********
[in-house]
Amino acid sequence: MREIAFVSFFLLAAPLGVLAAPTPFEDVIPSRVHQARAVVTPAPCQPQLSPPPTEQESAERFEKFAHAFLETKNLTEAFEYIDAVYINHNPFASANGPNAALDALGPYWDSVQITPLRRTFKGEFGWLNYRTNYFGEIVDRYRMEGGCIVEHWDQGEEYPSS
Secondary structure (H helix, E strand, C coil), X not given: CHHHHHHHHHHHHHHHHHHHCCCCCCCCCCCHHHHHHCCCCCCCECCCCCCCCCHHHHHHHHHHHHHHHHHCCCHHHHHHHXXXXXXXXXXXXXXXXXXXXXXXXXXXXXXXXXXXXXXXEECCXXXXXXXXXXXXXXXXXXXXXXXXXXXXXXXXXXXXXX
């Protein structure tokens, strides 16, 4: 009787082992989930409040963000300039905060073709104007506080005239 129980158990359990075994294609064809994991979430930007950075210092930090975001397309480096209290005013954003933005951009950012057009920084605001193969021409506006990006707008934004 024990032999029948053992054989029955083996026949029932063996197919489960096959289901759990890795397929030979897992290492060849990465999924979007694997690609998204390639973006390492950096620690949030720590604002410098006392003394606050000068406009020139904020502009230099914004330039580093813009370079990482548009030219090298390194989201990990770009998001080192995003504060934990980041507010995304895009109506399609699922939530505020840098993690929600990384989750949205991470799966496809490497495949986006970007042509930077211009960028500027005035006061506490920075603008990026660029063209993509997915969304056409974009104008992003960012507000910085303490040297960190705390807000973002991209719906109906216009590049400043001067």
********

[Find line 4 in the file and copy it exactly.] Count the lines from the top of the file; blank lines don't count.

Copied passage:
């Protein structure tokens, strides 16, 4: 009787082992989930409040963000300039905060073709104007506080005239 129980158990359990075994294609064809994991979430930007950075210092930090975001397309480096209290005013954003933005951009950012057009920084605001193969021409506006990006707008934004 024990032999029948053992054989029955083996026949029932063996197919489960096959289901759990890795397929030979897992290492060849990465999924979007694997690609998204390639973006390492950096620690949030720590604002410098006392003394606050000068406009020139904020502009230099914004330039580093813009370079990482548009030219090298390194989201990990770009998001080192995003504060934990980041507010995304895009109506399609699922939530505020840098993690929600990384989750949205991470799966496809490497495949986006970007042509930077211009960028500027005035006061506490920075603008990026660029063209993509997915969304056409974009104008992003960012507000910085303490040297960190705390807000973002991209719906109906216009590049400043001067």